Donald Trump has pulled off an extraordinary political heist. He has defeated the Democratic and the Republican establishment, the media, the academia, the comedians and the force of international public opinion. It seems that everybody was aligned against him, even history, and yet he won. So now that Trump has significantly altered American politics, what will change in terms of politics?
In order to understand that we have to first understand what is the political ideology of Donald Trump. He clearly is not a Republican like Ted Cruz or Paul Ryan. So what is this third way that Trump brings to the Oval office?
Trump is against immigration, against free trade and against a prominent role for America in international security maintenance. He is also against America underwriting global collective security arrangements. He does believe in government and feels that governments can make a difference. Business advantage rather than social justice will be his primary goal.
It is tough to provide a nuanced summary of his ideology; primarily because Trump himself has been so thin in providing philosophical reflections on the world and the role of government in principle. But from his various speeches I can best describe his ideology as a combination of nativism as opposed to multiculturalism, isolationism as opposed to globalism and mercantilism as opposed to globalization.
On the domestic level, we will clearly see conservatism more deeply entrenched if Trump fulfills his promise to nominate very conservative judges. During the Obama administration the focus was on social justice issues; gay and transgender rights, breaking the glass ceilings for women and trying to assimilate Muslims and ameliorating the state of racial minorities; but now the focus will be more on strengthening the military and business sectors and business interests above all else.
One may even see some direct benefits to the U.S. both in terms of cost of security and international trade. There are many free riders in the global system that have benefitted economically under America’s security umbrella, who even oppose America’s international agenda. They may find Washington less accommodating. But in the long run this may weaken the international security and economic order and hurt U.S. interests.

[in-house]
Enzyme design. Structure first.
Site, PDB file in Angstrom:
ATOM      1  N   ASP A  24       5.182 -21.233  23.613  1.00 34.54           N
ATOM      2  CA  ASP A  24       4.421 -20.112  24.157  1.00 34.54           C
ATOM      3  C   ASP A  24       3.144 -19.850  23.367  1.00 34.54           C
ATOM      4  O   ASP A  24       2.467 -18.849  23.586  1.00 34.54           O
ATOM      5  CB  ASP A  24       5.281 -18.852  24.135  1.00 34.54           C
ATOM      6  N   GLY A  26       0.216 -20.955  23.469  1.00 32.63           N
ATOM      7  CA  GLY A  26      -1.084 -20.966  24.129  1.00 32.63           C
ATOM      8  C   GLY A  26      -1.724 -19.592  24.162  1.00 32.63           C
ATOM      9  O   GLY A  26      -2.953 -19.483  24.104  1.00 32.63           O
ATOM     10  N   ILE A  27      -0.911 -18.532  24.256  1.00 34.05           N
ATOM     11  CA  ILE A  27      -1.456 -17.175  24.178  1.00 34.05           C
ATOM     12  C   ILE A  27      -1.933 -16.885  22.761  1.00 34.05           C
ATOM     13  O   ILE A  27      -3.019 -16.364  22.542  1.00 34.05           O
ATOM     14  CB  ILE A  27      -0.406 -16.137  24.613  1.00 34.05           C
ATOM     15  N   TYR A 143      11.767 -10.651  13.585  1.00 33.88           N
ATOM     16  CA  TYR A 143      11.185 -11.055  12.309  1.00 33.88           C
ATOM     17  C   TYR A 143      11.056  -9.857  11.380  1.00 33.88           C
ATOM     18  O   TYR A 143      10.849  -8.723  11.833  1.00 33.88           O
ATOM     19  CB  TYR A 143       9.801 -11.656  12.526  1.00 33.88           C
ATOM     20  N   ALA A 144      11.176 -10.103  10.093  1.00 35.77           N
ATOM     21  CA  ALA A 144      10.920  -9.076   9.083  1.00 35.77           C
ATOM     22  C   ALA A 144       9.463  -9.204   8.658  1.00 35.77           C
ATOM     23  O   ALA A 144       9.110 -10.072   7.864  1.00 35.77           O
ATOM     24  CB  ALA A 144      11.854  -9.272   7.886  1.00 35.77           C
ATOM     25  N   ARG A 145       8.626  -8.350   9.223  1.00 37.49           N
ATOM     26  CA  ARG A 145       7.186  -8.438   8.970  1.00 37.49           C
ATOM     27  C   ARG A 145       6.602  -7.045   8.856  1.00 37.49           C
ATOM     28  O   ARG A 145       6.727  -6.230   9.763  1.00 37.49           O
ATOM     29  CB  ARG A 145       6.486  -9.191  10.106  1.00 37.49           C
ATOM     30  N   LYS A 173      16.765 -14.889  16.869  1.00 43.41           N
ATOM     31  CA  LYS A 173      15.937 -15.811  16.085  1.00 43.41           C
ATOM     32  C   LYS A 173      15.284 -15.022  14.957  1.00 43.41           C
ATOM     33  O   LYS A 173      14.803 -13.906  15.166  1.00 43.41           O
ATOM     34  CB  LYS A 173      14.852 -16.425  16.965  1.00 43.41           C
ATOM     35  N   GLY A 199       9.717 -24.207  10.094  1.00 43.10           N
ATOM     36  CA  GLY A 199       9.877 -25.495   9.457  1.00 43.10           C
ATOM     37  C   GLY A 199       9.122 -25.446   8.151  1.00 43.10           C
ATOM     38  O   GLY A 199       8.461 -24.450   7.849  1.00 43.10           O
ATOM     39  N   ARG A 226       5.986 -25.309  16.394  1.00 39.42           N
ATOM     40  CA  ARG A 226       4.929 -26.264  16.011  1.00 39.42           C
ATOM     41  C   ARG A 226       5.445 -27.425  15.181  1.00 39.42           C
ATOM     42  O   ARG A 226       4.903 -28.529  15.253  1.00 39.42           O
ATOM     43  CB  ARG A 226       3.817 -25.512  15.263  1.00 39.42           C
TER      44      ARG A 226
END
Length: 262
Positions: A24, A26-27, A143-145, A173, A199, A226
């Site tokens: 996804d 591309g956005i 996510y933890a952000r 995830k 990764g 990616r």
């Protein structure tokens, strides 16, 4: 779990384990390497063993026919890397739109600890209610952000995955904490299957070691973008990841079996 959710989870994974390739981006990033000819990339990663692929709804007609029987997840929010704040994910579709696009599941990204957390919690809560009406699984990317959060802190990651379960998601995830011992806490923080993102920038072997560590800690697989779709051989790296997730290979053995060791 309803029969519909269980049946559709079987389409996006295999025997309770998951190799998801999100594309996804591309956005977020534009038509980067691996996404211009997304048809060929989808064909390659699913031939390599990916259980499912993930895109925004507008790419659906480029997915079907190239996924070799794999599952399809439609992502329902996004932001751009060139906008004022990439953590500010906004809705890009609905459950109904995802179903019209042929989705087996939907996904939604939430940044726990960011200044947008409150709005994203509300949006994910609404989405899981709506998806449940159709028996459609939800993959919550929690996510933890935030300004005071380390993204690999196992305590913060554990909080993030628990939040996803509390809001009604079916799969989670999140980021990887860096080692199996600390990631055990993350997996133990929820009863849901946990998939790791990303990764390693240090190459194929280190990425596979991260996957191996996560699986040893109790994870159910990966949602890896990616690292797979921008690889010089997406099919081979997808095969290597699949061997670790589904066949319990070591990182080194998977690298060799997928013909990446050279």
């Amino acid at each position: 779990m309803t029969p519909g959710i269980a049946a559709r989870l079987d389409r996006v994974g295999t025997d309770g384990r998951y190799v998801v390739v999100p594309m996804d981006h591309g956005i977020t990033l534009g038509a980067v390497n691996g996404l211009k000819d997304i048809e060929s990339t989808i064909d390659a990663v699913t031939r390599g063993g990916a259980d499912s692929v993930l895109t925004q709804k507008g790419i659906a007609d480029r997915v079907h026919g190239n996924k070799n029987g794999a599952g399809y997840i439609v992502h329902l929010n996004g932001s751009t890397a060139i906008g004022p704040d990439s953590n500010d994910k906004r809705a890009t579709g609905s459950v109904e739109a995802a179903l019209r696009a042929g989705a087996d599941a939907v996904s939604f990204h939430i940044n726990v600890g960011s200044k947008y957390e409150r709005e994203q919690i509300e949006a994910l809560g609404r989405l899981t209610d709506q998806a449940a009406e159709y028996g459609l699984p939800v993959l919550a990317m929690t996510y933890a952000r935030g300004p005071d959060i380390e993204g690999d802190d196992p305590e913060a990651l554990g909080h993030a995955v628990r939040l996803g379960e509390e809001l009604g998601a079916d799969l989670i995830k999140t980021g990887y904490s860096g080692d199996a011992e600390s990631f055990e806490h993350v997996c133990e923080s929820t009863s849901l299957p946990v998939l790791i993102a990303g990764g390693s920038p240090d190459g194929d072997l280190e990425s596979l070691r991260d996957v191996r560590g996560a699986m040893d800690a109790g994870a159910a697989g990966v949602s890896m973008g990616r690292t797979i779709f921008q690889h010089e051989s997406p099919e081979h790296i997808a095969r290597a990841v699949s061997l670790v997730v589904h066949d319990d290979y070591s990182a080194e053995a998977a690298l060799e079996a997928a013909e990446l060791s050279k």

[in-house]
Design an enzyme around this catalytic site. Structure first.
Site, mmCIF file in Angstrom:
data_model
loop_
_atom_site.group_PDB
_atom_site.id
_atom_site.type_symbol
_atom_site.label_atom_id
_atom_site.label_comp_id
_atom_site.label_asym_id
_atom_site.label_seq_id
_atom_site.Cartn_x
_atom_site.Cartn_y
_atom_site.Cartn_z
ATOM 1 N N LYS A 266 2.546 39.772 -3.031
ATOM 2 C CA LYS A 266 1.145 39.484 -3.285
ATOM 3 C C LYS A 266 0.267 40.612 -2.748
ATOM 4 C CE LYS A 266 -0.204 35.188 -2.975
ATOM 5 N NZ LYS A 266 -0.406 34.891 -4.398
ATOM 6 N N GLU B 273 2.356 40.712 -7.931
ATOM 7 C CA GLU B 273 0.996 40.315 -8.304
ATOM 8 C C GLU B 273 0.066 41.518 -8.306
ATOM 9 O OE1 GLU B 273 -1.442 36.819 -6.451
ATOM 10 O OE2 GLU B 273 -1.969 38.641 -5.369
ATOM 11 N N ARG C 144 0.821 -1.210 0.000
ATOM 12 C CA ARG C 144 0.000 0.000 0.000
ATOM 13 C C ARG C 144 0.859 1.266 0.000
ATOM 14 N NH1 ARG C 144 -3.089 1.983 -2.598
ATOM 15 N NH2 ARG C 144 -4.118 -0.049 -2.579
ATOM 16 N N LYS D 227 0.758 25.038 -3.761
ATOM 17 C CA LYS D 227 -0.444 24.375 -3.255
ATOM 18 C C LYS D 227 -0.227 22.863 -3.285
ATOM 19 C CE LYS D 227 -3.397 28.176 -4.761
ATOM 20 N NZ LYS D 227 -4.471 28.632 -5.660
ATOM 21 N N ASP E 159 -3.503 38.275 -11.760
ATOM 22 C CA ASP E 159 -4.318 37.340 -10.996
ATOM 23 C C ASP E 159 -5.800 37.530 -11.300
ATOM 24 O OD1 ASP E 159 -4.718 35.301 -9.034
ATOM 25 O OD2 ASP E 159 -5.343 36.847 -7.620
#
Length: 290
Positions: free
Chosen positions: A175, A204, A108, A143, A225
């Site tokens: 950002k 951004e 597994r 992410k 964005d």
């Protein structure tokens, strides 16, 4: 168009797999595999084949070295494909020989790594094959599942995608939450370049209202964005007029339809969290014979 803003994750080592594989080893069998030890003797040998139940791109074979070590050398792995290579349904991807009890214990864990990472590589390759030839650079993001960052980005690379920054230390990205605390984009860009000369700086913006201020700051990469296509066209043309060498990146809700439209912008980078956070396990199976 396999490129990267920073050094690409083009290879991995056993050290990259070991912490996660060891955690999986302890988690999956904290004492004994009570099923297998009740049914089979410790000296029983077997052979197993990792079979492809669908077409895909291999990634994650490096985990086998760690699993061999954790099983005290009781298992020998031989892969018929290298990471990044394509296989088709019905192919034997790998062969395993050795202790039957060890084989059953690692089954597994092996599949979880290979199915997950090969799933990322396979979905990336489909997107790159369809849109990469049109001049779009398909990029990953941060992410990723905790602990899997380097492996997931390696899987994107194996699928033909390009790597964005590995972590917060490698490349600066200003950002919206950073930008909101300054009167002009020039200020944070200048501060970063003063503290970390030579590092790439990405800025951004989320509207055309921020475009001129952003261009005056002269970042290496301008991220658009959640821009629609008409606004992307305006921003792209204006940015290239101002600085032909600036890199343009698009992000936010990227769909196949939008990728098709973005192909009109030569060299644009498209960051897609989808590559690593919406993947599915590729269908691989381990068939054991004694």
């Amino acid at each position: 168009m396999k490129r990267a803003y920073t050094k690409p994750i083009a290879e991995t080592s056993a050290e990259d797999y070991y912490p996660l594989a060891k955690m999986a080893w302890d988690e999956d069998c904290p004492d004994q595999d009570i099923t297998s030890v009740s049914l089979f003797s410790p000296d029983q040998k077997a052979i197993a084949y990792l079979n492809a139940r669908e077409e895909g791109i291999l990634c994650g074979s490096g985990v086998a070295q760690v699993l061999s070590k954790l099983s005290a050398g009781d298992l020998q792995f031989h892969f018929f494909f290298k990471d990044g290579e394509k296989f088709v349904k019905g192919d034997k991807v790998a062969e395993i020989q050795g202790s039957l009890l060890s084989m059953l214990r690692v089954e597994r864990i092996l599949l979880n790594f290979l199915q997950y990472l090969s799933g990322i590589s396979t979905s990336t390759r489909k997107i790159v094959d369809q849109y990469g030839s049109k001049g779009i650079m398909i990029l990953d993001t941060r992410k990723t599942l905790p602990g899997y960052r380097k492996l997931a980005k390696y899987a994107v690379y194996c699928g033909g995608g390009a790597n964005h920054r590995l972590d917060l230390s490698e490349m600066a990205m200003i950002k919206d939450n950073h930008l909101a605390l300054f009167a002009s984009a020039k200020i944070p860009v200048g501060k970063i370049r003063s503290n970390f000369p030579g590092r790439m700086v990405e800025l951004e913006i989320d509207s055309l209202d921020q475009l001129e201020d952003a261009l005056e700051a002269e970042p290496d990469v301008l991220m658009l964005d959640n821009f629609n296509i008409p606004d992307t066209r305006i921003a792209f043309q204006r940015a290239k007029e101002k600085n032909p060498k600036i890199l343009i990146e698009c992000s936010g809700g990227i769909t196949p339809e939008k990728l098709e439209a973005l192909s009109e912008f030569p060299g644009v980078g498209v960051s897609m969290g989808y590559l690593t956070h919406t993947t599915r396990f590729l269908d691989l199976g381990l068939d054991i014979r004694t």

While Republican’s may be tempted to see this as their victory. In reality Trump’s victory is a repudiation of Democratic as well as Republican policies both at home and abroad. Trump’s victory is a comprehensive rejection of both their visions. It is to some extent also a marginalization of the existing public values that had become the way of American politics. When Trump decried the culture of political correctness he was in fact rejecting political values of multiculturalism, feminism and pluralism. And apparently a majority of American’s agreed with him by overlooking all the bigotry, sexism and xenophobia he espoused during the campaign and in his past life.
With both House and the Senate in the hands of the GOP, Trump can potentially leave a bigger mark on this country and the world than President Obama and that is a sobering thought.
As someone who was and is frightened for the future of minorities in this country as a result of the nativist passions that Trump’s campaign has unleashed, I can only hope that Trump will be a President for all Americans as he promised in his victory speech.
American democracy has been resilient and progressive for over two hundred years. But American society, at least a majority of it, is suffering from myopia and economic and cultural insecurity. While that segment of the society frightens me, the system and its historical durability remains a source of comfort and confidence that no matter how much damage Trump may do, we will survive because we are already a great nation.
Trump has torn this country apart to chart a new and wide path to the White House, can he sow it back again? He needs to ask himself; can I rule a divided America and make it great again? Can I achieve everything I want for this country without the support and confidence of not just a significant minority but a minority that constitutes most of the elite of this nation? Can I govern the way I campaigned? I hope his answer to all those questions is NO.
In the Quran God says He gives sovereignty to whom he wills (3:26). Who am I to argue with that.
Dr. Muqtedar Khan is professor at the University of Delaware and a Senior Fellow at the Center for Global Policy. His website is www.ijtihad.org.